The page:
Single-minded sports agent J.B. Bernstein (Jon Hamm) gets home after another day of major league scouts not wanting to see his two pitching prospects from India. His house is dark, the boys are gone, and he's feeling as low as he can go. Then, he looks up to see lights in his backyard. He steps out, and in one of those scenes that only happen in movies, his Indian charges have cooked a romantic dinner for him and his friend Brenda (Lake Bell), who comes out resplendent in a sari.
And that only-in-a-movie dinner scene really happened.
"Not only did that really happen," says the real-life Bernstein, whose experiences inspired the movie "Million Dollar Arm," opening next Friday, "but that's almost the exact sari I brought back from India for Brenda to wear. The only difference was that Brenda cooked that Hindi-theme Thanksgiving. But the guys really did suggest very hard that I should marry her," which he later did.
"In real life, Brenda. . . cooked, but everything else was totally true -- she even wore a sari. It was beautiful. I felt very regal -- like a princess," Bell says.
And while the movie may seem too fable-like to be true, sports reporters galore covered the events when Rinku Singh (Suraj Sharma, "Life of Pi") and Dinesh Patel (Madhur Mittal, "Slumdog Millionaire") won a reality-TV competition to go to the United States, train and become what Major League Baseball called the first pro baseball players from India.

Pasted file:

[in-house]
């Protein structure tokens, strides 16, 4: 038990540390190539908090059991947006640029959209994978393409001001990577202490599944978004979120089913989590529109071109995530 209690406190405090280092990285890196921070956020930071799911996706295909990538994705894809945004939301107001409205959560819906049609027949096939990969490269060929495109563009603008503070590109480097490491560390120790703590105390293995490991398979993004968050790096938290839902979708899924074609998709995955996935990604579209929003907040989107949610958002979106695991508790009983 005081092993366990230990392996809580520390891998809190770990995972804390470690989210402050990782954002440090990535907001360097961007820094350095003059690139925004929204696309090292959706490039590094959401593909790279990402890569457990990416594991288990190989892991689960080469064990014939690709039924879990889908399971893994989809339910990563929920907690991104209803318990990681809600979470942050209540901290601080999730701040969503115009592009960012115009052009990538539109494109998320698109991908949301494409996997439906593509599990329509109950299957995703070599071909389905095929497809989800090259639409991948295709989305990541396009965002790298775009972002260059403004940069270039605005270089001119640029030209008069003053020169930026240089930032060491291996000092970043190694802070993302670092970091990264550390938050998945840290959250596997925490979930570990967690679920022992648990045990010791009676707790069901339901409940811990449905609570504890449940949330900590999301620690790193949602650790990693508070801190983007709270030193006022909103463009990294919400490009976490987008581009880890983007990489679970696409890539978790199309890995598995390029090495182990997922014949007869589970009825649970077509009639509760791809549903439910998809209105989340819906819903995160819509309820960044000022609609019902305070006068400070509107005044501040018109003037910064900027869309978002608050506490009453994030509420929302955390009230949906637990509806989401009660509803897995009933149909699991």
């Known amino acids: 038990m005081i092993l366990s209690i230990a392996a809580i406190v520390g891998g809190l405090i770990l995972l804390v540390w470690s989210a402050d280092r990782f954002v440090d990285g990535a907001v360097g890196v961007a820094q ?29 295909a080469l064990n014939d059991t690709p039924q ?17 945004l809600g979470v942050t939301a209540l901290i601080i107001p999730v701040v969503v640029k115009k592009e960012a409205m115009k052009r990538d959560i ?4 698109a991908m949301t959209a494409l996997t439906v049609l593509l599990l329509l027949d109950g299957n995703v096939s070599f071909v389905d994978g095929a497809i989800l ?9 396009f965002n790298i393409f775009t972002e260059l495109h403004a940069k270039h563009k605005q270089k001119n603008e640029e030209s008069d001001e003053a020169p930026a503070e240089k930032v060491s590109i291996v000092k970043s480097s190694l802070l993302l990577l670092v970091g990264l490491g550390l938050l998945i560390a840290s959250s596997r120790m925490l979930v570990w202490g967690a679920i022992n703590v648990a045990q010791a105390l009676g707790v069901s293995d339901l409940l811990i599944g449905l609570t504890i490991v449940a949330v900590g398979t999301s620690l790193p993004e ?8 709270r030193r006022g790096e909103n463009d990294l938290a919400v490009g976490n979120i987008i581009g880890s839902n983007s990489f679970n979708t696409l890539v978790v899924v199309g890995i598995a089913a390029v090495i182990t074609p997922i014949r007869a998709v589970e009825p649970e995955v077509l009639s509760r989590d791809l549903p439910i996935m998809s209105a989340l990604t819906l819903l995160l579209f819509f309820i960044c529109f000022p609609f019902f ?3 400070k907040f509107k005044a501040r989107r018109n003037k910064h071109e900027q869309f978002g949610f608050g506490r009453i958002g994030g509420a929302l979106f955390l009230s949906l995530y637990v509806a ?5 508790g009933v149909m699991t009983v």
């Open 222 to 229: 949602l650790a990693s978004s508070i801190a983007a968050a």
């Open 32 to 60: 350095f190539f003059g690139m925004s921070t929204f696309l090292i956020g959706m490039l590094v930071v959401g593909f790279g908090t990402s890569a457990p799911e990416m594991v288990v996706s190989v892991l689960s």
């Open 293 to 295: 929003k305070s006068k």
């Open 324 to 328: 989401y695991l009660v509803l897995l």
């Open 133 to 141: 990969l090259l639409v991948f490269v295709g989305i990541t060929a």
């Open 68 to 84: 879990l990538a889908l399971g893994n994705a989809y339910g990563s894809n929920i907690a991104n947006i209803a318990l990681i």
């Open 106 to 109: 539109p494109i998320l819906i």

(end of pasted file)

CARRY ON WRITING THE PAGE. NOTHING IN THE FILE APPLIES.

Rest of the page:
So what made Bernstein -- an East Northport native, John Glenn High School class of '86 -- go scout a subcontinent where cricket is the national pastime? It was a group decision, he says, involving himself, real estate investor and San Francisco Giants part-owner Will Chang (Tzi Ma) and Chang's business partner, Ash Vasudevan (Aasif Mandvi). A San Francisco Chronicle article in December has Chang crediting himself and Vasudevan, a native of India, with the idea, and recruiting a "reluctant" Bernstein -- who says today the paper got it wrong. The article's writer, Henry Schulman, told Newsday, "I have nothing to say on the record."